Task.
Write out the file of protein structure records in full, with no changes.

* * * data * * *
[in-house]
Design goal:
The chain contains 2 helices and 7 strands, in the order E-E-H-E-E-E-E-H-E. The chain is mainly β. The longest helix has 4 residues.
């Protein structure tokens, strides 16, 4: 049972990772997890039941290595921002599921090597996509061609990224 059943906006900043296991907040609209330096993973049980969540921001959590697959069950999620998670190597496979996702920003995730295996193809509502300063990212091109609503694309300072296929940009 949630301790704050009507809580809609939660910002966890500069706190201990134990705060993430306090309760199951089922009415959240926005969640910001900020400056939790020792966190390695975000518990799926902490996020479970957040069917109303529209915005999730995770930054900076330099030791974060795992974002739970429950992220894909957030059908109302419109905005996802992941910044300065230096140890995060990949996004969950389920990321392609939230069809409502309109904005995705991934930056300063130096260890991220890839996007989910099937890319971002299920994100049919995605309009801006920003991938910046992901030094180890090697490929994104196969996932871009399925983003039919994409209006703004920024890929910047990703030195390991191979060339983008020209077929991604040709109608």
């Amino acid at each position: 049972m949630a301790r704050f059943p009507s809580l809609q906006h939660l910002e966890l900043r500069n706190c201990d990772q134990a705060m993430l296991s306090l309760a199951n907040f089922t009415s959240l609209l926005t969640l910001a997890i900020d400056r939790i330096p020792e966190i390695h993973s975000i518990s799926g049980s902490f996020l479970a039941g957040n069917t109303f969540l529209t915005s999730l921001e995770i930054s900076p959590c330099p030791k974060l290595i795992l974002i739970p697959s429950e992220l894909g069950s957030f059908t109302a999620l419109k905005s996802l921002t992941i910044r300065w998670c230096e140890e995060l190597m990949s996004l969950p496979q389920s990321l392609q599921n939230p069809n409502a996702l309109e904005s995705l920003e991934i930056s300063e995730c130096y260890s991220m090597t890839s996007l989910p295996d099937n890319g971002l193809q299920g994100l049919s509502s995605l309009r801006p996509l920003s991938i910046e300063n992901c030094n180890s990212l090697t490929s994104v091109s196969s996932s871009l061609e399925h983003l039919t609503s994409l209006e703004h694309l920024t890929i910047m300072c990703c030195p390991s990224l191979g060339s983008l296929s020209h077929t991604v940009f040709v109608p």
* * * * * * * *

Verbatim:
[in-house]
Design goal:
The chain contains 2 helices and 7 strands, in the order E-E-H-E-E-E-E-H-E. The chain is mainly β. The longest helix has 4 residues.
């Protein structure tokens, strides 16, 4: 049972990772997890039941290595921002599921090597996509061609990224 059943906006900043296991907040609209330096993973049980969540921001959590697959069950999620998670190597496979996702920003995730295996193809509502300063990212091109609503694309300072296929940009 949630301790704050009507809580809609939660910002966890500069706190201990134990705060993430306090309760199951089922009415959240926005969640910001900020400056939790020792966190390695975000518990799926902490996020479970957040069917109303529209915005999730995770930054900076330099030791974060795992974002739970429950992220894909957030059908109302419109905005996802992941910044300065230096140890995060990949996004969950389920990321392609939230069809409502309109904005995705991934930056300063130096260890991220890839996007989910099937890319971002299920994100049919995605309009801006920003991938910046992901030094180890090697490929994104196969996932871009399925983003039919994409209006703004920024890929910047990703030195390991191979060339983008020209077929991604040709109608």
């Amino acid at each position: 049972m949630a301790r704050f059943p009507s809580l809609q906006h939660l910002e966890l900043r500069n706190c201990d990772q134990a705060m993430l296991s306090l309760a199951n907040f089922t009415s959240l609209l926005t969640l910001a997890i900020d400056r939790i330096p020792e966190i390695h993973s975000i518990s799926g049980s902490f996020l479970a039941g957040n069917t109303f969540l529209t915005s999730l921001e995770i930054s900076p959590c330099p030791k974060l290595i795992l974002i739970p697959s429950e992220l894909g069950s957030f059908t109302a999620l419109k905005s996802l921002t992941i910044r300065w998670c230096e140890e995060l190597m990949s996004l969950p496979q389920s990321l392609q599921n939230p069809n409502a996702l309109e904005s995705l920003e991934i930056s300063e995730c130096y260890s991220m090597t890839s996007l989910p295996d099937n890319g971002l193809q299920g994100l049919s509502s995605l309009r801006p996509l920003s991938i910046e300063n992901c030094n180890s990212l090697t490929s994104v091109s196969s996932s871009l061609e399925h983003l039919t609503s994409l209006e703004h694309l920024t890929i910047m300072c990703c030195p390991s990224l191979g060339s983008l296929s020209h077929t991604v940009f040709v109608p």